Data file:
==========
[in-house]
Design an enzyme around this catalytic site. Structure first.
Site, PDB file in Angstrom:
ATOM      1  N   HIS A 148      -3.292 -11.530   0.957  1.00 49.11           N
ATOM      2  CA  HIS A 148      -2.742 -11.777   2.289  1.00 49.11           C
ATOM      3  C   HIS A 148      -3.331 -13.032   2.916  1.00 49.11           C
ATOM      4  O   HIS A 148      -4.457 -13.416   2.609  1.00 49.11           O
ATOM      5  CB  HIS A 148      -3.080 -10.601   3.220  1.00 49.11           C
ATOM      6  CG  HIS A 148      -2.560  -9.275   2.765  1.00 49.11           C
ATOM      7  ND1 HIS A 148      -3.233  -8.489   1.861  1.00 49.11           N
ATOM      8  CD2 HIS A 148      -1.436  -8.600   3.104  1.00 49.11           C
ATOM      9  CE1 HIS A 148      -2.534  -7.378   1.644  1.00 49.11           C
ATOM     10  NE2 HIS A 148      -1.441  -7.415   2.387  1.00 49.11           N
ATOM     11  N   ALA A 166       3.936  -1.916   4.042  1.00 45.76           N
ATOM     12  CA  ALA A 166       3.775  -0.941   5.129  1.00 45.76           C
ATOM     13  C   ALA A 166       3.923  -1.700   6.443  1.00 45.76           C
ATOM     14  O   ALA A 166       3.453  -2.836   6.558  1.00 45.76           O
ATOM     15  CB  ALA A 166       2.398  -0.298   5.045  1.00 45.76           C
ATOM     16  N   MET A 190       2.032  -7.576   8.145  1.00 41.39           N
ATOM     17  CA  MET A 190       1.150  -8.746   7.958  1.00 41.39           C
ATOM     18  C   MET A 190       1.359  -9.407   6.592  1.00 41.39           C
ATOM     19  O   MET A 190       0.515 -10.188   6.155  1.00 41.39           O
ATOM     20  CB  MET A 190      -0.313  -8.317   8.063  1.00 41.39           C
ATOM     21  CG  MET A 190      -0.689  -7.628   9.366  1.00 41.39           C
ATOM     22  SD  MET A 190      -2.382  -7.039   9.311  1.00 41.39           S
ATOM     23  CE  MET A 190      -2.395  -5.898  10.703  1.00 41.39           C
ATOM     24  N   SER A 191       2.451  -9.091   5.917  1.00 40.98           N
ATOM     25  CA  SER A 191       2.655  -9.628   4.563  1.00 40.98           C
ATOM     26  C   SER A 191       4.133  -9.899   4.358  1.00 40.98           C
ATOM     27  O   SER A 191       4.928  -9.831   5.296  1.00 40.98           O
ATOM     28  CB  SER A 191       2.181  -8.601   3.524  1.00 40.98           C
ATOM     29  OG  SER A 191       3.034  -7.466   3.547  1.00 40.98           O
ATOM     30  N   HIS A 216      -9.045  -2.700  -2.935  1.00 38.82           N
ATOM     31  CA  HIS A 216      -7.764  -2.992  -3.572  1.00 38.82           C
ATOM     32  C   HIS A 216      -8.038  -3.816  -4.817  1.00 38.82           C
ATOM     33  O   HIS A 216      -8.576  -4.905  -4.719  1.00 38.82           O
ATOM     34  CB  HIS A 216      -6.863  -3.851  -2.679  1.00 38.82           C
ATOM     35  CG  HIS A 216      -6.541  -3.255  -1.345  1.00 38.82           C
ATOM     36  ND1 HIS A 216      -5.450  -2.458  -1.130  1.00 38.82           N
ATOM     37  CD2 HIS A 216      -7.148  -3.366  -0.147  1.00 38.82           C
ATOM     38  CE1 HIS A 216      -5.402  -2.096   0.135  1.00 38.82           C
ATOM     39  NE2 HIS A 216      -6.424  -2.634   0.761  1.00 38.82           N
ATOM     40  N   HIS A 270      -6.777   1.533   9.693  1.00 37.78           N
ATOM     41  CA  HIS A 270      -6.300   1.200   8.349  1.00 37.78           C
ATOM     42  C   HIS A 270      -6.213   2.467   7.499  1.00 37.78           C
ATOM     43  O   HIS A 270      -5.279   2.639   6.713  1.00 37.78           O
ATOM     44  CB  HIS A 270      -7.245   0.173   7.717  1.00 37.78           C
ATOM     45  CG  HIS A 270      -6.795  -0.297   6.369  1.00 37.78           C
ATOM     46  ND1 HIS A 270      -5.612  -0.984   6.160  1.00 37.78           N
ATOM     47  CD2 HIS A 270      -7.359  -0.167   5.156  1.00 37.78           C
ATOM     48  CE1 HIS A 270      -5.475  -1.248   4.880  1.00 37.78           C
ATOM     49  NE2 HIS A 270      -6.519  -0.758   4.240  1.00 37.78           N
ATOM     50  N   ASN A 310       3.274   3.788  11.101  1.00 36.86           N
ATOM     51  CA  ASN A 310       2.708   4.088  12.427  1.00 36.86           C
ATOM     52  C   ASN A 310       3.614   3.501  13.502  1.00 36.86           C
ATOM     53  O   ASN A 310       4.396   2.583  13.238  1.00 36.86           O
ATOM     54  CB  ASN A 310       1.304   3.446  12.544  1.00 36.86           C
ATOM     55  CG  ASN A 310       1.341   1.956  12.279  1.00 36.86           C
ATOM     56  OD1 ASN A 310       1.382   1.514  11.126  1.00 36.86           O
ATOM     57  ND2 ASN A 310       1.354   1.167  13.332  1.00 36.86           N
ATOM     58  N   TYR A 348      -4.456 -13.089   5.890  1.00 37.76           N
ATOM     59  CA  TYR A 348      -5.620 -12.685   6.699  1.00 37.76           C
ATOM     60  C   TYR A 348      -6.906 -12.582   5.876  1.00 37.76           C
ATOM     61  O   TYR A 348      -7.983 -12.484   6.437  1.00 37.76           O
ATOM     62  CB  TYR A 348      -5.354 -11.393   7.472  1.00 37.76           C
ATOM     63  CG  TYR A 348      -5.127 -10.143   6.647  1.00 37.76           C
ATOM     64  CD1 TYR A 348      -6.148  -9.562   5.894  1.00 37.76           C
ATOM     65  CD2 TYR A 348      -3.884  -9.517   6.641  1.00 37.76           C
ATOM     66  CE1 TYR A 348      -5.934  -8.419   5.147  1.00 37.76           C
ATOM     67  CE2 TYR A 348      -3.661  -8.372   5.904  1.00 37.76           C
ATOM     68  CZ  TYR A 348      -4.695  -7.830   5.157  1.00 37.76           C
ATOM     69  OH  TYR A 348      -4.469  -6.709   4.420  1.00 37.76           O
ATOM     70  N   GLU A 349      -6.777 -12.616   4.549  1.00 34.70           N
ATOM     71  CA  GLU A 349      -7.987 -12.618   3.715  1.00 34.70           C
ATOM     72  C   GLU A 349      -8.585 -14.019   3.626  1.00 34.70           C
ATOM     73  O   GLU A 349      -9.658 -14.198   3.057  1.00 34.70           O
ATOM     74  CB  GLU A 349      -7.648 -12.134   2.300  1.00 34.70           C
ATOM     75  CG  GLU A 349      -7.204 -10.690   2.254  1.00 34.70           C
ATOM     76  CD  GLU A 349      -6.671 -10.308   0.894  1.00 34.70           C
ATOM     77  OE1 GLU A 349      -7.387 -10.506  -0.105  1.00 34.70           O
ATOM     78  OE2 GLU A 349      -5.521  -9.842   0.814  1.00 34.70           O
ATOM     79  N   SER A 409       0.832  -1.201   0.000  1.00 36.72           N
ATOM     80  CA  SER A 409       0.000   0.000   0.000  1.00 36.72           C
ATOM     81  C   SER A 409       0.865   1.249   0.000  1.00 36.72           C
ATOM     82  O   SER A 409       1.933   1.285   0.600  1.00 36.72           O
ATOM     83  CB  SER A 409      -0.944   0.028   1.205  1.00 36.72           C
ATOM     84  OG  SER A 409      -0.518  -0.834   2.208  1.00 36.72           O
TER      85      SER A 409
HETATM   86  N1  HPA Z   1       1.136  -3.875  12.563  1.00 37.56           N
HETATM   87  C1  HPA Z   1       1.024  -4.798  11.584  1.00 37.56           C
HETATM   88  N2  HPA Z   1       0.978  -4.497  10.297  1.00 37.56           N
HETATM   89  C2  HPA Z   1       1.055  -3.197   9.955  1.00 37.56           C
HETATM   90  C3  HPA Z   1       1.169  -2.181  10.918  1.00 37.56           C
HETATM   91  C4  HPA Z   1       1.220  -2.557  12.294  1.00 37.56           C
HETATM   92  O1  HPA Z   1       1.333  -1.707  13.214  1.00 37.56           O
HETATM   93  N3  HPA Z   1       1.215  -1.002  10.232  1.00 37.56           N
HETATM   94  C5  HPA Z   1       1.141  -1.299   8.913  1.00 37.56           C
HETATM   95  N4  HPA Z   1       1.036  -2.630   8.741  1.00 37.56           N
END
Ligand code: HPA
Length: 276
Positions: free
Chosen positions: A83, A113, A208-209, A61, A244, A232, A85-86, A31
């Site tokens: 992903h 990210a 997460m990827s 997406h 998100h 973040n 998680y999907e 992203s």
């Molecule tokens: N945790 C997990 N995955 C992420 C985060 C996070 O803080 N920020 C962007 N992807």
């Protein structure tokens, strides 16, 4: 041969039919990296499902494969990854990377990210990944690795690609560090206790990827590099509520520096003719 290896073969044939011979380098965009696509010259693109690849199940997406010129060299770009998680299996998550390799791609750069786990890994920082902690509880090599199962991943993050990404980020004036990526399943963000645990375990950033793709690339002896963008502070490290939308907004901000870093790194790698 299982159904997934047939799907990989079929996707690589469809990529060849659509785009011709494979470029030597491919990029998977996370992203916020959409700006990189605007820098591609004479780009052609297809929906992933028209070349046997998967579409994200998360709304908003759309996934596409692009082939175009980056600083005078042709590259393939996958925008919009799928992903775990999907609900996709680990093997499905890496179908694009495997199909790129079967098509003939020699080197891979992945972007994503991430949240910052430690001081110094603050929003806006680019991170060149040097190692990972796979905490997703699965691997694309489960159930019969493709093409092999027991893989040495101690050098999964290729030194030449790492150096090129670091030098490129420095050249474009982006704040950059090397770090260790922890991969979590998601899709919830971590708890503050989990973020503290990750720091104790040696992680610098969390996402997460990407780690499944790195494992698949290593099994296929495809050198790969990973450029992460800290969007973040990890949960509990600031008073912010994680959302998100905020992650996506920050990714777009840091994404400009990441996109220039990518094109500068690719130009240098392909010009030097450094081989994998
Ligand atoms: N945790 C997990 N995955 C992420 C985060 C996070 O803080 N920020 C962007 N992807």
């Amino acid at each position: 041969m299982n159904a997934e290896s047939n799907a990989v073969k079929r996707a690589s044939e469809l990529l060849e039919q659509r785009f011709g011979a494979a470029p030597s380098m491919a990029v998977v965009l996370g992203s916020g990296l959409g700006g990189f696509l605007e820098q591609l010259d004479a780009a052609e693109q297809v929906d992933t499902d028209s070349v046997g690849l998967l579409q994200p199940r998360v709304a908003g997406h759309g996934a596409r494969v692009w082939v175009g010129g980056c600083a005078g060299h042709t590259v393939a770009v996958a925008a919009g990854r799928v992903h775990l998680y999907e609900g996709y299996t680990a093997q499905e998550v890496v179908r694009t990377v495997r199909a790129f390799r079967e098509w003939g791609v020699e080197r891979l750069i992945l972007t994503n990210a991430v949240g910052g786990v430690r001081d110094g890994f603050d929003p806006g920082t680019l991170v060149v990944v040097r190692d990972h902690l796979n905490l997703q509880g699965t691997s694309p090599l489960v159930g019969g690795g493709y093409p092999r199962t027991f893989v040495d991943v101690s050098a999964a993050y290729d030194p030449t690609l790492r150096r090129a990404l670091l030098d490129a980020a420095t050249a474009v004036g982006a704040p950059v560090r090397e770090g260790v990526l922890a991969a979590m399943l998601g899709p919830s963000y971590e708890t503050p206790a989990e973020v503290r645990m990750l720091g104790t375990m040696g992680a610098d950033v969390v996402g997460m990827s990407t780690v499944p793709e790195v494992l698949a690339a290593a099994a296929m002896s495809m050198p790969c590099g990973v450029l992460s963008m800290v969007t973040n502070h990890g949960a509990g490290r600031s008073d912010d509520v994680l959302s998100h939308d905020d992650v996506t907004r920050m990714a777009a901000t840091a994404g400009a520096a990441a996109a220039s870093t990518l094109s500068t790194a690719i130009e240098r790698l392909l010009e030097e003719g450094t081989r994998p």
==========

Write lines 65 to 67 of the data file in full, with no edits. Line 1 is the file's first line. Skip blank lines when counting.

ATOM     62  CB  TYR A 348      -5.354 -11.393   7.472  1.00 37.76           C
ATOM     63  CG  TYR A 348      -5.127 -10.143   6.647  1.00 37.76           C
ATOM     64  CD1 TYR A 348      -6.148  -9.562   5.894  1.00 37.76           C